The jacket was worn with a six gore skirt in
medium blue color.
A white or powder blue shirt with black tie,
a blue service cap or overseas cap, beige hose, black oxford shoes with
cuban heels and gray suede or black kit gloves completed the outfit.
The effective date of change to olive-drab was
delayed several times since large surplus stocks of blue uniforms should
be utilized first. Eventually, the change was made effective on July 1,
1943 for nurses overseas or alerted for overseas. The uniform change for
nurse's in the continental United States was set on December 3, 1943. It
was intended to have all nurses properly equipped in olive-drab no later
than June 1944.
The design was similar to the revised Women's
Auxiliary Army Corps (WAAC) uniform. The olive-drab uniform was available
in winter and summer weight material. For the winter uniform 14 1/2 ounce
barathea was used and tropical-worsted for the summer uniform .
On the left side:
Dark olive-drab uniform worn with
distinctive ANC service cap and shoulder bag.
On the right side:
Dark olive-drab jacket worn with
lightshade drab ("pink") skirt and male pattern garrison cap.
In the summer of 1943, it was deemed more
and more necessary to provide Army nurses with slacks. More complete protection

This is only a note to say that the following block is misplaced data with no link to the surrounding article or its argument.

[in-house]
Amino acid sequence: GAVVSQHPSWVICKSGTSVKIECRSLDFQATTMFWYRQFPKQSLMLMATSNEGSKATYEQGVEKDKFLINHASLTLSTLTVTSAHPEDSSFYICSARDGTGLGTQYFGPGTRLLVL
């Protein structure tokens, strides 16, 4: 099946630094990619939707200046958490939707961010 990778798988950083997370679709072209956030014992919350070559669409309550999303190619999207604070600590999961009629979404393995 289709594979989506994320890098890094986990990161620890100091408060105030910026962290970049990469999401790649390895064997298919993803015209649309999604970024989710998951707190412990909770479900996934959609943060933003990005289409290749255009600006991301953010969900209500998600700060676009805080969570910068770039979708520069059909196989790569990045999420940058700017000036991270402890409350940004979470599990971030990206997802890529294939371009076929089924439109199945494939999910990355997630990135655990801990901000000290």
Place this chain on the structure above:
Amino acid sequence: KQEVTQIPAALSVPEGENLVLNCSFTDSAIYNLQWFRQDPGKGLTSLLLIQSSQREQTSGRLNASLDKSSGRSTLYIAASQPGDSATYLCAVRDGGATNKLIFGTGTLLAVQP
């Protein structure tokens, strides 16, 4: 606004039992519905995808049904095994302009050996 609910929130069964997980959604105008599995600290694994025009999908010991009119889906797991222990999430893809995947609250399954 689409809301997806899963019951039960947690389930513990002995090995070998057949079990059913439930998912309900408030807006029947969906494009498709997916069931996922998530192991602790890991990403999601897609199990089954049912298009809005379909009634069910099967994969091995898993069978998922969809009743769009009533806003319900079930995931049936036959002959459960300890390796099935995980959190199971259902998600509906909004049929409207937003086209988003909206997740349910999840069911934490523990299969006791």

and freedom of movement was required at several jobs overseas. Therefore,
many nurses already had started to wear privately purchased slacks in all
kind of colors and with no uniformity of cut or style. This development
should be stopped with the introduction of woolen slacks.
In August 1943, the design of the slacks was
approved and the Quartermaster Corps started to produce the slacks for
resale to nurses in overseas areas. The fabric and color of the slacks
matched the olive-drab service jacket. The slacks were available in summer
weight and winter weight material. The slacks had a zipper closure or button
closure and a pocket on the right side.
ETO Field Uniform
Slacks, Women's, Summer,
Dark od (with zipper closure)
Slacks, Women's, Winter,
Dark od (with button closure)
In 1944, Army Nurses who served in the European
Theater of Operations (ETO) were authorized to wear short-waisted battle
jackets. Similar jackets were already used by British Army personnel (including
their female staff) and adopted for the female U.S. Army personnel in October
1944 because it was noticed that these jackets were more practical to wear